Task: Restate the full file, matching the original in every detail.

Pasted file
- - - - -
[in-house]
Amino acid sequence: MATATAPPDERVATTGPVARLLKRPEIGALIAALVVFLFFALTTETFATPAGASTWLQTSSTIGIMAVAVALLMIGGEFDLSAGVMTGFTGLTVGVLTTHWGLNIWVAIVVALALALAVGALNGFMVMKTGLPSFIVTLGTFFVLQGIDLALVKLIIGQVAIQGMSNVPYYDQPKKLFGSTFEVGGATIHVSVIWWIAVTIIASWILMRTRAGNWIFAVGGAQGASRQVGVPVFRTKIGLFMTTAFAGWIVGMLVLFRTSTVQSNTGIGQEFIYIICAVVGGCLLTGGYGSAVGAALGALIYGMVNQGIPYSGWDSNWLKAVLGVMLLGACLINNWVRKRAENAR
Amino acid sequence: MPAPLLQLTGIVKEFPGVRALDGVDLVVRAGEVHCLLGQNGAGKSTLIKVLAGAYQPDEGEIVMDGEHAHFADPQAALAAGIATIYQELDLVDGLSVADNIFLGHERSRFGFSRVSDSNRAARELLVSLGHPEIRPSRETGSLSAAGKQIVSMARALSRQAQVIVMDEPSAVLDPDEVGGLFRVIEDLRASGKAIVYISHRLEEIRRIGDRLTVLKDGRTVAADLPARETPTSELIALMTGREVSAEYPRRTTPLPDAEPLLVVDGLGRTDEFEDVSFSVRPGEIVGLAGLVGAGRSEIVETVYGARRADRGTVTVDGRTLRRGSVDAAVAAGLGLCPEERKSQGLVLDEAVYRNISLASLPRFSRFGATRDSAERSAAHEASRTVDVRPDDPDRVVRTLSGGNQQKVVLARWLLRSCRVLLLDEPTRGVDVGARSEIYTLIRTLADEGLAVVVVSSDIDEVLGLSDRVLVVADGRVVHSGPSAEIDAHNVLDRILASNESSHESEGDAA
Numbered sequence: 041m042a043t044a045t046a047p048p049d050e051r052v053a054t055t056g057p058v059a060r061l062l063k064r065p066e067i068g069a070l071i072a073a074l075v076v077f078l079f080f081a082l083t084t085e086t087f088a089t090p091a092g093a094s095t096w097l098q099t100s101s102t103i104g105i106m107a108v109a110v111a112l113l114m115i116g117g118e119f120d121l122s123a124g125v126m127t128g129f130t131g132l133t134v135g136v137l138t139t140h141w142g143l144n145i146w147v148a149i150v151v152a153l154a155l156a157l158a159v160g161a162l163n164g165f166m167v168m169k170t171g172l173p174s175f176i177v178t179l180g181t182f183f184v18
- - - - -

[in-house]
Amino acid sequence: MATATAPPDERVATTGPVARLLKRPEIGALIAALVVFLFFALTTETFATPAGASTWLQTSSTIGIMAVAVALLMIGGEFDLSAGVMTGFTGLTVGVLTTHWGLNIWVAIVVALALALAVGALNGFMVMKTGLPSFIVTLGTFFVLQGIDLALVKLIIGQVAIQGMSNVPYYDQPKKLFGSTFEVGGATIHVSVIWWIAVTIIASWILMRTRAGNWIFAVGGAQGASRQVGVPVFRTKIGLFMTTAFAGWIVGMLVLFRTSTVQSNTGIGQEFIYIICAVVGGCLLTGGYGSAVGAALGALIYGMVNQGIPYSGWDSNWLKAVLGVMLLGACLINNWVRKRAENAR
Amino acid sequence: MPAPLLQLTGIVKEFPGVRALDGVDLVVRAGEVHCLLGQNGAGKSTLIKVLAGAYQPDEGEIVMDGEHAHFADPQAALAAGIATIYQELDLVDGLSVADNIFLGHERSRFGFSRVSDSNRAARELLVSLGHPEIRPSRETGSLSAAGKQIVSMARALSRQAQVIVMDEPSAVLDPDEVGGLFRVIEDLRASGKAIVYISHRLEEIRRIGDRLTVLKDGRTVAADLPARETPTSELIALMTGREVSAEYPRRTTPLPDAEPLLVVDGLGRTDEFEDVSFSVRPGEIVGLAGLVGAGRSEIVETVYGARRADRGTVTVDGRTLRRGSVDAAVAAGLGLCPEERKSQGLVLDEAVYRNISLASLPRFSRFGATRDSAERSAAHEASRTVDVRPDDPDRVVRTLSGGNQQKVVLARWLLRSCRVLLLDEPTRGVDVGARSEIYTLIRTLADEGLAVVVVSSDIDEVLGLSDRVLVVADGRVVHSGPSAEIDAHNVLDRILASNESSHESEGDAA
Numbered sequence: 041m042a043t044a045t046a047p048p049d050e051r052v053a054t055t056g057p058v059a060r061l062l063k064r065p066e067i068g069a070l071i072a073a074l075v076v077f078l079f080f081a082l083t084t085e086t087f088a089t090p091a092g093a094s095t096w097l098q099t100s101s102t103i104g105i106m107a108v109a110v111a112l113l114m115i116g117g118e119f120d121l122s123a124g125v126m127t128g129f130t131g132l133t134v135g136v137l138t139t140h141w142g143l144n145i146w147v148a149i150v151v152a153l154a155l156a157l158a159v160g161a162l163n164g165f166m167v168m169k170t171g172l173p174s175f176i177v178t179l180g181t182f183f184v18